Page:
first are apostles, second are prophets, third are teachers, then those who do miracles, those who have the gift of healing, those who can help others, those who have the gift of leadership, those who speak in unknown languages.
Are we all apostles? Are we all prophets? Are we all teachers? Do we all have the power to do miracles? Do we all have the gift of healing? Do we all have the ability to speak in unknown languages? Do we all have the ability to interpret unknown languages? Of course not! (1. Corinthians 12:27-30 NLT)
There are different kinds of spiritual gifts, but the same Spirit is the source of them all. There are different kinds of service, but we serve the same Lord. God works in different ways, but it is the same God who does the work in all of us.
A spiritual gift is given to each of us so we can help each other. To one person the Spirit gives the ability to give wise advice; to another the same Spirit gives a message of special knowledge. The same Spirit gives great faith to another, and to someone else the one Spirit gives the gift of healing. He gives one person the power to perform miracles, and another the ability to prophesy. He gives someone else the ability to discern whether a message is from the Spirit of God or from another spirit. Still another person is given the ability to speak in unknown languages, while another is given the ability to interpret what is being said. It is the one and only Spirit who distributes all these gifts. He alone decides which gift each person should have.
(1. Corinthians 12:4-11 NLT)
In his grace, God has given us different gifts for doing certain things well. So if God has given you the ability to prophesy, speak out with as much faith as God has given you. If your gift is serving others, serve them well. If you are a teacher, teach well. If your gift is to encourage others, be encouraging. If it is giving, give generously. If God has given you leadership ability, take the responsibility seriously. And if you have a gift for showing kindness to others, do it gladly. (Romans 12:6-8 NLT)
Now these are the gifts Christ gave to the church: the apostles, the prophets, the evangelists, and the pastors and teachers. Their responsibility is to equip God’s people to do his work and build up the church, the body of Christ. (Ephesians 4:11-12 NLT)
The primary purpose of the prophet is to encourage God’s people to remain faithful to God and His covenant. The prophet always seeks the highest good for the people, challenging the shallow and superficial holiness of God’s people, and encourages heartfelt obedience to God and His Word. The true prophet of God is frequently being persecuted by false prophets who only prophecy peace, prosperity, and security for God’s sinful rebellious people – the things people like to hear.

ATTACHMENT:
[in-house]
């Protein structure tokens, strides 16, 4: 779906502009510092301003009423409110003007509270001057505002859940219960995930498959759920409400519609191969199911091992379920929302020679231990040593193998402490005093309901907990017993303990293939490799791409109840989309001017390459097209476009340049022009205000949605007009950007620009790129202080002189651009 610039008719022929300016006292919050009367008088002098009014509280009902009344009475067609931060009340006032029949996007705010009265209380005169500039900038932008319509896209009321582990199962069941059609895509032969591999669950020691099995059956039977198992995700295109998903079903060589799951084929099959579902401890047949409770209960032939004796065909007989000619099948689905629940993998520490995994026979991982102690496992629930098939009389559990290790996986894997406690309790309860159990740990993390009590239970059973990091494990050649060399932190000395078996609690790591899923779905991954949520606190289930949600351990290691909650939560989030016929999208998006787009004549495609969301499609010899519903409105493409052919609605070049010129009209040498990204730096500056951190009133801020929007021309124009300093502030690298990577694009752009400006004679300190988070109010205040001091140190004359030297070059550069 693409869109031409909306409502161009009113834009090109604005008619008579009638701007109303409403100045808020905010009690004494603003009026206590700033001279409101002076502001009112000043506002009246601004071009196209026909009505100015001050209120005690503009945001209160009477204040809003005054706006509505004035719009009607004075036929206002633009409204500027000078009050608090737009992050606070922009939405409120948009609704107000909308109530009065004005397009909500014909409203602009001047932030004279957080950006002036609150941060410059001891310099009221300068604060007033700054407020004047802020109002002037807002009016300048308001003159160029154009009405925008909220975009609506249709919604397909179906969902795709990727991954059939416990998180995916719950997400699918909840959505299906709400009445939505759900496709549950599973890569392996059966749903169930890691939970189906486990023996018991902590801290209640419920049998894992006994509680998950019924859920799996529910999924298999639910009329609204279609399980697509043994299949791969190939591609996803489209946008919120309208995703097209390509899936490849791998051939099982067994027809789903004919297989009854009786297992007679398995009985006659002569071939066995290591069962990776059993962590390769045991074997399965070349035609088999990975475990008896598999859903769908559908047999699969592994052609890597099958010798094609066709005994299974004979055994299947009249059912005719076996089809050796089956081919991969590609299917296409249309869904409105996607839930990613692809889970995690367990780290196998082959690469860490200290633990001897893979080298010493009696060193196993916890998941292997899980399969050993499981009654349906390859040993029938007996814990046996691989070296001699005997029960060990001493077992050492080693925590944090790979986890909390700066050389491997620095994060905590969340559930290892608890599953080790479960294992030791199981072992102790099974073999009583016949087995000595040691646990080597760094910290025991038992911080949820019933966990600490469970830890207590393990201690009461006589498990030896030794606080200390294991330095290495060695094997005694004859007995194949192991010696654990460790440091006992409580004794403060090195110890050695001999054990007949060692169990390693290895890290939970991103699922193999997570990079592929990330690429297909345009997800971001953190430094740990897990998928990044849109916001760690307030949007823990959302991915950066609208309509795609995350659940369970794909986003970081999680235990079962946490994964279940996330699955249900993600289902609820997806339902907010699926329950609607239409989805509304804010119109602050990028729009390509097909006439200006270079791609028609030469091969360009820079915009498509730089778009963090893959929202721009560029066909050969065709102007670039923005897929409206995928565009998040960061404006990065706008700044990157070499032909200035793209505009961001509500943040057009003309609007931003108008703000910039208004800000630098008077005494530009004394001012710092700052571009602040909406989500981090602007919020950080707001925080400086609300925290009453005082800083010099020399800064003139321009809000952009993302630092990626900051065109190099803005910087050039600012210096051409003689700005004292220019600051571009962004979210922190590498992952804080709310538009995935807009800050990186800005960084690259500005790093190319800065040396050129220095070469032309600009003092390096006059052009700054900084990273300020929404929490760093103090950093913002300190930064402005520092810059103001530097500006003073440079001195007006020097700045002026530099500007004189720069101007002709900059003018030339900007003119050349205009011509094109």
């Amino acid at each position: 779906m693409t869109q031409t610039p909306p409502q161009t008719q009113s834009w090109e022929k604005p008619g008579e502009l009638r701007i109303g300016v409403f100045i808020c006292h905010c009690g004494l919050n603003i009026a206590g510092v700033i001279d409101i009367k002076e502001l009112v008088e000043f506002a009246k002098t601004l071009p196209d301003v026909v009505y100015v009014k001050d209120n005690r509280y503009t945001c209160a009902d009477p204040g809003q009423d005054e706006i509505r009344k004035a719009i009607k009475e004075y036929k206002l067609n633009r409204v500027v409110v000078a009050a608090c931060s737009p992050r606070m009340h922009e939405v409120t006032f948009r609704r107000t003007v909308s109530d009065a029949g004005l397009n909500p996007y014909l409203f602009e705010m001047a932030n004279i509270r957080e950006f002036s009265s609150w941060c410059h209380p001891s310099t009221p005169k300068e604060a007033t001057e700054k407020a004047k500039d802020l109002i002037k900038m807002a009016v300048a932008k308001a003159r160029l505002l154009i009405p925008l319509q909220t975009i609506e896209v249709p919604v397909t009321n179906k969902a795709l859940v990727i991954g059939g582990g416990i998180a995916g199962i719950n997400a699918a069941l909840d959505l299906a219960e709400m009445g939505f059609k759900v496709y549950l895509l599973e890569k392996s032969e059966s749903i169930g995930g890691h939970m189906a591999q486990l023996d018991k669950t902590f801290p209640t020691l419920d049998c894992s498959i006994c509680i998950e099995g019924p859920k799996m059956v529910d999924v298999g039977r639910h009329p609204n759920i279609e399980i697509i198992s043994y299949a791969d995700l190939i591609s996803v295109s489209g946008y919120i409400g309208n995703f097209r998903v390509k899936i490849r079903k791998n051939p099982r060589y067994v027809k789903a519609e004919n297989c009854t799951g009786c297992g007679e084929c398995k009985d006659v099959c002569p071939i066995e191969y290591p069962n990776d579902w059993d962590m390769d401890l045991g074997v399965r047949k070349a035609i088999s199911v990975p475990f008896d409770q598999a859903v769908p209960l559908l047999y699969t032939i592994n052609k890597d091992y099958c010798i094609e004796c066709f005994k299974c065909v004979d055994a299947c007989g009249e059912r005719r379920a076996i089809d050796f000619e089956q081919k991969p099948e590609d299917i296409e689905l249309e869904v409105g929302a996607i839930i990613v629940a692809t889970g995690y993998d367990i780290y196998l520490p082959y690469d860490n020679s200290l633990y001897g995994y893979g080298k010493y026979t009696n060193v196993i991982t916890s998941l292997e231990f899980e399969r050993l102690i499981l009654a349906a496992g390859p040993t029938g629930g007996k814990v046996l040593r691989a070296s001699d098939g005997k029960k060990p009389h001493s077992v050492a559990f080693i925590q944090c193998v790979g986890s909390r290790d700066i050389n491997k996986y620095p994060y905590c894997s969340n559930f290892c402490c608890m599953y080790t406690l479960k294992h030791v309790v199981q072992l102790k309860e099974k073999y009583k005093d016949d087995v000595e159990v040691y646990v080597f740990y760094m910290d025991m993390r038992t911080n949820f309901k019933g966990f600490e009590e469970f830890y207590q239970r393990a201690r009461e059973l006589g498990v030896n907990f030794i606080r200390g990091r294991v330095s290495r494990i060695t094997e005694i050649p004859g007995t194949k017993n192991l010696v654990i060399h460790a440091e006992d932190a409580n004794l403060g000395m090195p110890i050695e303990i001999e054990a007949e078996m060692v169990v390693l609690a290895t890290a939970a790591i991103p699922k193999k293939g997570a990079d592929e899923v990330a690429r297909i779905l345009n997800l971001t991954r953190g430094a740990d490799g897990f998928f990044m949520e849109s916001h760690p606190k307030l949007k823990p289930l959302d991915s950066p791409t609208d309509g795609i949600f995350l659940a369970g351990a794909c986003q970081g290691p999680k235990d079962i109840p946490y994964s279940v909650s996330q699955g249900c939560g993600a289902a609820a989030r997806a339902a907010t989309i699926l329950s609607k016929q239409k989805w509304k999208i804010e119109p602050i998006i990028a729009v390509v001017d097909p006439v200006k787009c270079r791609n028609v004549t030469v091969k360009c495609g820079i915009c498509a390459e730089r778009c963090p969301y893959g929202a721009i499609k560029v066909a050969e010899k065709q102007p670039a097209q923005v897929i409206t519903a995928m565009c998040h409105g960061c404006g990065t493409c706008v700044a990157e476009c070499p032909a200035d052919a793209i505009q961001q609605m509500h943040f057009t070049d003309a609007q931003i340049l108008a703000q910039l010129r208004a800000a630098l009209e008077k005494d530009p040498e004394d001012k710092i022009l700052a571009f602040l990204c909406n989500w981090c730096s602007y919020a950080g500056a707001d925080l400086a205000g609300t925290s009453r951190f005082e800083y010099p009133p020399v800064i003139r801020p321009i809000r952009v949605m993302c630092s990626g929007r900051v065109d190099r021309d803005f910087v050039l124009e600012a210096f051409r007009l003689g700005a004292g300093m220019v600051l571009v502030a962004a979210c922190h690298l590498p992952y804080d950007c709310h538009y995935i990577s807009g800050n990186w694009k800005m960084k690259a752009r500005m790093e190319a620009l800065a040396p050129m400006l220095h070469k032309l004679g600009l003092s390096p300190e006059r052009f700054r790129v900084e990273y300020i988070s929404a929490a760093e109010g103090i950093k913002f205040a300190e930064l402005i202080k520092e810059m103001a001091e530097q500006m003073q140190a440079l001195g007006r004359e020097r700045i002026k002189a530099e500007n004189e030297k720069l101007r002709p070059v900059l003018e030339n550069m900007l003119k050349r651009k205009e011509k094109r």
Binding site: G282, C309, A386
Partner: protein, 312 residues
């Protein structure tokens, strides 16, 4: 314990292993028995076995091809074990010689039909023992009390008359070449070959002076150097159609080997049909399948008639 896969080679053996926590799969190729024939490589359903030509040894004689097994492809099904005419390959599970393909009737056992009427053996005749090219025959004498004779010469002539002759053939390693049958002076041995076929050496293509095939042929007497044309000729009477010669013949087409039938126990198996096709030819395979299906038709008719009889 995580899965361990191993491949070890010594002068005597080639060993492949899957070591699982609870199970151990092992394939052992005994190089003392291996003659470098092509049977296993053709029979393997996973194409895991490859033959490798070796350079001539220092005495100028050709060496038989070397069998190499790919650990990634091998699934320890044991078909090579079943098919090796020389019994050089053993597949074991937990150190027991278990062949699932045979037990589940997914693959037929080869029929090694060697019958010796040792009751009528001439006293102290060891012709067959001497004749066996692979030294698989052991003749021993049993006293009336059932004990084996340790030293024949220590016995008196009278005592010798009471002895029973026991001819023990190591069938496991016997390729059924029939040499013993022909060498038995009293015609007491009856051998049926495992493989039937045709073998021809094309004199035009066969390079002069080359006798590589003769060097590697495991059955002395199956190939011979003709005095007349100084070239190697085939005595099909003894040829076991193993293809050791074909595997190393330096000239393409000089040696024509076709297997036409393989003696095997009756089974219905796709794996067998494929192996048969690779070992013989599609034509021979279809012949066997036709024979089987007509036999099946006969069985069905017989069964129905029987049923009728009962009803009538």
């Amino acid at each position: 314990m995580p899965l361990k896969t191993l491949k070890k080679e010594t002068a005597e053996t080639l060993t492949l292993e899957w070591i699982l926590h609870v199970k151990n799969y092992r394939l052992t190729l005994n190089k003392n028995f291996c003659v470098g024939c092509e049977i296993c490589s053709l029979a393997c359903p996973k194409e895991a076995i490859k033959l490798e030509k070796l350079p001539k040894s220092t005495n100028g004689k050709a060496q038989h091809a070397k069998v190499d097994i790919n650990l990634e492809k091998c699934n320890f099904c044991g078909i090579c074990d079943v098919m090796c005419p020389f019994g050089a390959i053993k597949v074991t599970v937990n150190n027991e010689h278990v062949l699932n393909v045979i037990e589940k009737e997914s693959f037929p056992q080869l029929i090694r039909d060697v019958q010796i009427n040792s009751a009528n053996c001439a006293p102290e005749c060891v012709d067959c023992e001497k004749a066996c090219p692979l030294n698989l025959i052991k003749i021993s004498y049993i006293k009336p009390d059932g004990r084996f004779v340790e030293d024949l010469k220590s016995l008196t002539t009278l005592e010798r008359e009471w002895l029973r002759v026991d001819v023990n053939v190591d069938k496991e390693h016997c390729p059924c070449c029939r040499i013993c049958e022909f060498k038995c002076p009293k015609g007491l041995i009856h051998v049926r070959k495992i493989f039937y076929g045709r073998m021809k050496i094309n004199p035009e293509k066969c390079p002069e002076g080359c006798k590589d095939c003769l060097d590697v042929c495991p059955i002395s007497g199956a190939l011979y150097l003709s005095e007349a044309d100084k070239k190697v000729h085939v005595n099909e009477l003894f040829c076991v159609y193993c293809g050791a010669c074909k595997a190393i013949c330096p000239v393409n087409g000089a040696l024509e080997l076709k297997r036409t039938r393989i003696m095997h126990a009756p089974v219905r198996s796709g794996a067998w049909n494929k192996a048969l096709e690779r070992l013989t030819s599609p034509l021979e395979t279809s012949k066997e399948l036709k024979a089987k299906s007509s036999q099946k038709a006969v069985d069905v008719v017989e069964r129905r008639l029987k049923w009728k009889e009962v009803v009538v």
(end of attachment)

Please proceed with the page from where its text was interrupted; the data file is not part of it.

Just like it was with the Old Testament prophets of God – who were very much disliked and hated for confronting and exposing the wrongs of the people – so it is with true New Testament prophets, who are often being despised and rejected by the churches for the fear that they would uncover their hidden sins or cause disturbance to their routines and religious traditions.
God sends His prophets to instruct, correct, and warn His people in order to restore and bless them. They speak out against idolatry, immorality, spiritual abuse, manipulation, and all manners of evil among God’s people, and also warn against trusting in other things, such as human wisdom, wealth, power, or other gods.
The prophet always sees the world and the believers from God’s perspective, never from a human point of view. The prophet has a close relationship with God, and sympathies with God and what God suffers because of the sins of His people. The prophet understands God’s purpose, will, and desire better than anyone else; he experiences the same emotional reactions as God does. In other words, a prophet not only hears God’s voice, but also feels His heart. The prophet deeply loves God’s people. When the people are hurting, the prophet feels deep pain. He wants God’s best for the people, and thus the prophet’s message does not only include warnings, but also words of hope, comfort, and restoration of the hearts of the fathers to their children, and the hearts of children to their fathers, spiritually and literally.
“Look, I am sending you the prophet Elijah before the great and dreadful day of the Lord arrives. His preaching will turn the hearts of fathers to their children, and the hearts of children to their fathers. Otherwise I will come and strike the land with a curse.” (Malachi 4:5-6 NLT)
This is what has been said about the prophet John the Baptist and his God-given mission:
“for he will be great in the eyes of the Lord. He must never touch wine or other alcoholic drinks. He will be filled with the Holy Spirit, even before his birth. And he will turn many Israelites to the Lord their God. He will be a man with the spirit and power of Elijah. He will prepare the people for the coming of the Lord. He will turn the hearts of the fathers to their children, and he will cause those who are rebellious to accept the wisdom of the godly.” (Luke 1:15-17 NLT)
The prophet walks a life of total dedication to God, hates half-hearted commitment, shuns the middle road, and demands complete faithfulness to God. The prophet accept nothing less than the fullness of God’s Kingdom and His righteousness manifested among God’s people, because he understands his own responsibilities of how to behave as a true prophet of God.
If I could speak all the languages of earth and of angels, but didn’t love others, I would only be a noisy gong or a clanging cymbal. If I had the gift of prophecy, and if I understood all of God’s secret plans and possessed all knowledge, and if I had such faith that I could move mountains, but didn’t love others, I would be nothing. (1. Corinthians 13:1-3 NLT)
Copyright©2011 Edwin & Sophia Christiaan